We recently upgraded from a very old prototype PE 4800 to a new
peltier-technology thermocycler. In order to minimize the down time due
to the switch, I very much need to solicit protocol conversion advice.
That in mind I have come up with the following questions:
1. In the past we have always used thick walled 0.5ml tubes, in
the new machine these do not fit as well. The solution suggested in the
manual is to switch to thin-walled tubes or add oil to the block in
order to tighten the fit. The oil sounds potentially problematic and
perhaps detrimental to the machine, and I have noticed that the
thin-walled tubes tend to "craze" (stress fracture). What is your
advice? Do we need to switch to the thin walled tubes, is "crazing" a
problem, should we just switch to a different thick wall tube, what are
the +/- of thick vs. thin?
2. What are the reccommend holding times for each step of
RT-PCR? Our current protocol calls for times of 1 hr for RT, 1.5 min
for denature, 1.5 min for annealing, and 1.5 min for extension. I
suspect that all of these are grossly exagerrated, partly due to the
slow ramping times of our old machine and the use of thick walled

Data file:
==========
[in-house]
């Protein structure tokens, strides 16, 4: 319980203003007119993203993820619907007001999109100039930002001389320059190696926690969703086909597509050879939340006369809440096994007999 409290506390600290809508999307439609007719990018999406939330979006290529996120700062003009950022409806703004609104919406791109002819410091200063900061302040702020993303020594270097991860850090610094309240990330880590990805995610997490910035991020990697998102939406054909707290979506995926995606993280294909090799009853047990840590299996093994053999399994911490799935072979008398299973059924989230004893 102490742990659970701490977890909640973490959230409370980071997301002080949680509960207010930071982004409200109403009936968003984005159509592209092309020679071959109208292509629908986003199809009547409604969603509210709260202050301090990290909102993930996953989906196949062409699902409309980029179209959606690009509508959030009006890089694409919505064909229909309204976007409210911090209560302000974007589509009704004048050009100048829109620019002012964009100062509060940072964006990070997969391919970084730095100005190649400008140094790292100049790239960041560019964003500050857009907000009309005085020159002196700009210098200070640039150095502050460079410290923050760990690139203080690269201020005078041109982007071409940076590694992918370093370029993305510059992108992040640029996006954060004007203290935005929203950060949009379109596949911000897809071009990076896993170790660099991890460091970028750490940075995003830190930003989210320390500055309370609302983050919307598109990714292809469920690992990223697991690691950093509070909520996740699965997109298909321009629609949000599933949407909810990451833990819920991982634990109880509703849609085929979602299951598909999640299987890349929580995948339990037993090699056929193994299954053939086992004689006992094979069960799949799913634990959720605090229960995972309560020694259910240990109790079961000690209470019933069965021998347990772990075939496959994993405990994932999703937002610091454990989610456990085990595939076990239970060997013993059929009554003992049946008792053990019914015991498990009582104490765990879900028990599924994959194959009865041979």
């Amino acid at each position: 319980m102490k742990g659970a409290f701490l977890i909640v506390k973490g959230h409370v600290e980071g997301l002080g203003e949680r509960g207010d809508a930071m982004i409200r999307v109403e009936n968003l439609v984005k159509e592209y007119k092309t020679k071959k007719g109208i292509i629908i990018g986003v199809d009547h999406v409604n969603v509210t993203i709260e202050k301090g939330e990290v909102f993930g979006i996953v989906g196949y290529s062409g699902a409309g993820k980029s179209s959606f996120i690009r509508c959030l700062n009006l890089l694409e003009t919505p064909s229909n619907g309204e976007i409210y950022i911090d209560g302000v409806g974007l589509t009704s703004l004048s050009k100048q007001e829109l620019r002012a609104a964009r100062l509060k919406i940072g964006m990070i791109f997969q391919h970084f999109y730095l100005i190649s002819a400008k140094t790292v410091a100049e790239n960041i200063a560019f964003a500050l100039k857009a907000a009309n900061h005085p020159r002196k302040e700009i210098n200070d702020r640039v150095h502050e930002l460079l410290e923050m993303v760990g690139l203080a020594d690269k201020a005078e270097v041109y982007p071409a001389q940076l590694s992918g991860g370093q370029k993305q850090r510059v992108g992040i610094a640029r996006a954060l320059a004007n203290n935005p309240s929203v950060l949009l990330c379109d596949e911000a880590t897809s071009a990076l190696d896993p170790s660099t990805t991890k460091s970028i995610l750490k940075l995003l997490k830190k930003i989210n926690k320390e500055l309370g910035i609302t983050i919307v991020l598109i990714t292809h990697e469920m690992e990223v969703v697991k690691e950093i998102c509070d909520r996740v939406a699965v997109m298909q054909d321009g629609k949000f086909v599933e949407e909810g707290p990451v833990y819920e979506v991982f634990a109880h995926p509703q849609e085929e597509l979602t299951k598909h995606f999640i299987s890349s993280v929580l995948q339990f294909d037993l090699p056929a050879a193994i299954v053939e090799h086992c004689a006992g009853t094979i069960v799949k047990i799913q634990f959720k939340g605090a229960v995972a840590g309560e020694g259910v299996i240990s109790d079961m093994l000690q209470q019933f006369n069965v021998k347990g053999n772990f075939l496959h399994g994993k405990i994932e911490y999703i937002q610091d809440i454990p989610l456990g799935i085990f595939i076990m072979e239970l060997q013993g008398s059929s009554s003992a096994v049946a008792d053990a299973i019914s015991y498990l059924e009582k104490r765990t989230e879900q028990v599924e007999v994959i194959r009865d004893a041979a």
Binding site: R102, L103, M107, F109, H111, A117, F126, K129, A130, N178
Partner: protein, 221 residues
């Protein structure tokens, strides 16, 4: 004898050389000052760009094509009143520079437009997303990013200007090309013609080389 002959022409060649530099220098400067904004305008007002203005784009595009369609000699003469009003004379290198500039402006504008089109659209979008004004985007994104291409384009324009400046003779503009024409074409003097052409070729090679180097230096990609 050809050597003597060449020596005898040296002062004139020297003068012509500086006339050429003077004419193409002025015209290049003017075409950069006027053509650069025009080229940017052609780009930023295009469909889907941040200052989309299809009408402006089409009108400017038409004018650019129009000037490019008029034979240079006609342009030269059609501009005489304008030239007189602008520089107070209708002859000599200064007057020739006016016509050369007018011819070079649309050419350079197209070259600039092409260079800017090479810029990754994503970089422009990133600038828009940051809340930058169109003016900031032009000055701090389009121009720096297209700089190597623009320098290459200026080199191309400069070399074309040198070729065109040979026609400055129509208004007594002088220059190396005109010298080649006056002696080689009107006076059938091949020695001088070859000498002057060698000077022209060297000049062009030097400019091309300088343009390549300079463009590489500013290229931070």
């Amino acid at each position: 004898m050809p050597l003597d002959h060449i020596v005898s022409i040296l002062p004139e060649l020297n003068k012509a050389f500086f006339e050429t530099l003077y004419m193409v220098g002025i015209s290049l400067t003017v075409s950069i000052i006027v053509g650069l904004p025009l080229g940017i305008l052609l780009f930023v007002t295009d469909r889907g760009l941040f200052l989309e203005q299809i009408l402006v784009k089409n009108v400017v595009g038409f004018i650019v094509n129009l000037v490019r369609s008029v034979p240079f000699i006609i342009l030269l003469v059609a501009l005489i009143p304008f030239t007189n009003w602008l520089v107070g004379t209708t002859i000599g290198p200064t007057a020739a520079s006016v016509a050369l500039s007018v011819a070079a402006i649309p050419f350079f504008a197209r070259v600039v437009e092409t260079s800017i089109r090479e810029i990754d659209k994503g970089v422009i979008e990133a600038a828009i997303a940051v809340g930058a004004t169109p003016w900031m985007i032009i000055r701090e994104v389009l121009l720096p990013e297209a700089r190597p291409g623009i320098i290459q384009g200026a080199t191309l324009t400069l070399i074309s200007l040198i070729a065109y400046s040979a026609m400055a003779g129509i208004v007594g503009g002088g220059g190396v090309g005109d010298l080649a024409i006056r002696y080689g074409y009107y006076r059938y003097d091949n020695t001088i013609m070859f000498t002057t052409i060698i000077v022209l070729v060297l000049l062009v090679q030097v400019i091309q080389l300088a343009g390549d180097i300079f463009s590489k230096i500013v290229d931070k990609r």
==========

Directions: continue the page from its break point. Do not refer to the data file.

tubes. Our new machine has ramping times of roughly 3C/sec. Our new
manual suggests that only a few seconds are needed for the denature step
and that annealing and extension will be protocol dependent. Is there
good rule of thumb for estimating extension and annealing times? What
holding time for denaturing provides the optimum denaturing without
affecting enzyme integrity? How would these times differ between thin
and thick wall protocols.
3. The new machine has an option that allows incremental
changes in holding time over the course of however many cycles are run.
According to the manual, this is to compensate for loss of enzyme
activity as the cycles progress. How big a problem is loss/reduction of
enzyme activity over the course of 25-40 cycles. I assume this is
somewhat enzyme dependent. We currently use Amplitaq or RedTaq, are
other enzymes better in this regard?
4. Does anyone have any other advice for converting protocols,
or improving our current protocols on our new machine?
Thank you very much in advance for any advice you can offer,
University of North Carolina